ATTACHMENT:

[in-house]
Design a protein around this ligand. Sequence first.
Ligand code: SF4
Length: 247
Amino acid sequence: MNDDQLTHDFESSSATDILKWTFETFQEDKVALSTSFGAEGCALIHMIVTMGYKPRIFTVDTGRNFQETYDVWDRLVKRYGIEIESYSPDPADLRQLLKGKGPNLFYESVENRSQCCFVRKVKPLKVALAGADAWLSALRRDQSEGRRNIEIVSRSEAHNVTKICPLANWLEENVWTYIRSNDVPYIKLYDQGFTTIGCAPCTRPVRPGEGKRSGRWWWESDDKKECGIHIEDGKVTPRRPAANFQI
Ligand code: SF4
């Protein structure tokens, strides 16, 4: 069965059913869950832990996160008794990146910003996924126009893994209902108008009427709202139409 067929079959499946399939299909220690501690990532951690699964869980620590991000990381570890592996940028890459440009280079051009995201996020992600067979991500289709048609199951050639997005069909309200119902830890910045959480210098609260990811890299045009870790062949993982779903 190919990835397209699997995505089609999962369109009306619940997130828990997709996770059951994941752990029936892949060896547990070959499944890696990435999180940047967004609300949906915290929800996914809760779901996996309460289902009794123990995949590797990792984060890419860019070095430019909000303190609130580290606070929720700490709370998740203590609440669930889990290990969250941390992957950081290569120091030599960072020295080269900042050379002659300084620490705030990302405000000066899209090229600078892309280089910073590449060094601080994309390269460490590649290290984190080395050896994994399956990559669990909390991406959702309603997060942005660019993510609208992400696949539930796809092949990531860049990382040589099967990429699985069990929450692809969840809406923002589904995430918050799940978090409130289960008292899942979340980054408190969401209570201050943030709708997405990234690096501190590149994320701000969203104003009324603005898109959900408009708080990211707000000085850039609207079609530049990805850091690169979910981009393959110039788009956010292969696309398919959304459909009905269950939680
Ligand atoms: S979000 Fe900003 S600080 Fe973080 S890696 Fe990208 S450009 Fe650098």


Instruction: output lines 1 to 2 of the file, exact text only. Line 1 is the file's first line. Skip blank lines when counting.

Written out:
[in-house]
Design a protein around this ligand. Sequence first.